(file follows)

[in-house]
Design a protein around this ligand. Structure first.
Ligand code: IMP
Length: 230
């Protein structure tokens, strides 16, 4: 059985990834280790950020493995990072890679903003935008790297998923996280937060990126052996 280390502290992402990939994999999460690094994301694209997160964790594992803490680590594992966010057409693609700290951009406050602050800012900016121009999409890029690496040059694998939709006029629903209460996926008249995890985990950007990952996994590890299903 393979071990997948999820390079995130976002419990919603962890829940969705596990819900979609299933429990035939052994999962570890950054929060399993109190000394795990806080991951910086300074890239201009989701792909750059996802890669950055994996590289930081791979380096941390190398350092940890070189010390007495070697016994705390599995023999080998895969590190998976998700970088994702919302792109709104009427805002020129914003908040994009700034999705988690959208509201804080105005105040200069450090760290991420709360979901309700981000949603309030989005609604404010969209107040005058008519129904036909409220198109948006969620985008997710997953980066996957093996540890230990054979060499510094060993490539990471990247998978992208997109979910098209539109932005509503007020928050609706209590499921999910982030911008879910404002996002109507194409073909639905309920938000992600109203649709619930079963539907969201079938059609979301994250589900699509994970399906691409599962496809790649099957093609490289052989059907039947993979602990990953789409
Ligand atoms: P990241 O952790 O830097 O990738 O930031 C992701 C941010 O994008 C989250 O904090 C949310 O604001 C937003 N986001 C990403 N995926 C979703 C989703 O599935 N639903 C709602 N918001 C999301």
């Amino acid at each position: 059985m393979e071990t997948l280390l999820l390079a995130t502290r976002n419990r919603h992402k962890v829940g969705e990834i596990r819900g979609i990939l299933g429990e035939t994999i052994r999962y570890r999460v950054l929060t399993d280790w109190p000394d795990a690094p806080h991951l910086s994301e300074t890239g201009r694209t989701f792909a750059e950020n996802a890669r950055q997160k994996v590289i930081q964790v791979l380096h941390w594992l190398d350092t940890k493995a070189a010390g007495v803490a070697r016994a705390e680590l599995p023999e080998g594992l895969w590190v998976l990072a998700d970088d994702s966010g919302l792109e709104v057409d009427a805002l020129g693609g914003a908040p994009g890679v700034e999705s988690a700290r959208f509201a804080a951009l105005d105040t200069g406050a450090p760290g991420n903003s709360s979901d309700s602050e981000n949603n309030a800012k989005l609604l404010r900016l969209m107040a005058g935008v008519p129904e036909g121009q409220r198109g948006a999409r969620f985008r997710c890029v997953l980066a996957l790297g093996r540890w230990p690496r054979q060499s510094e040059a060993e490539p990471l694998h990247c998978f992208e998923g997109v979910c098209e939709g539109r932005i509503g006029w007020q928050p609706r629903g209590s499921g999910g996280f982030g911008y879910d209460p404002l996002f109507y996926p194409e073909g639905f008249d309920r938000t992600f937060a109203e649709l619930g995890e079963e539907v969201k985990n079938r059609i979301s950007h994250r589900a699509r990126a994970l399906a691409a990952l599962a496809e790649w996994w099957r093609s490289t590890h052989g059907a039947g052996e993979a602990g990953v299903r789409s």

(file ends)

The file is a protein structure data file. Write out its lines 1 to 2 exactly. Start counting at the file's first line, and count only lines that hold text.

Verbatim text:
[in-house]
Design a protein around this ligand. Structure first.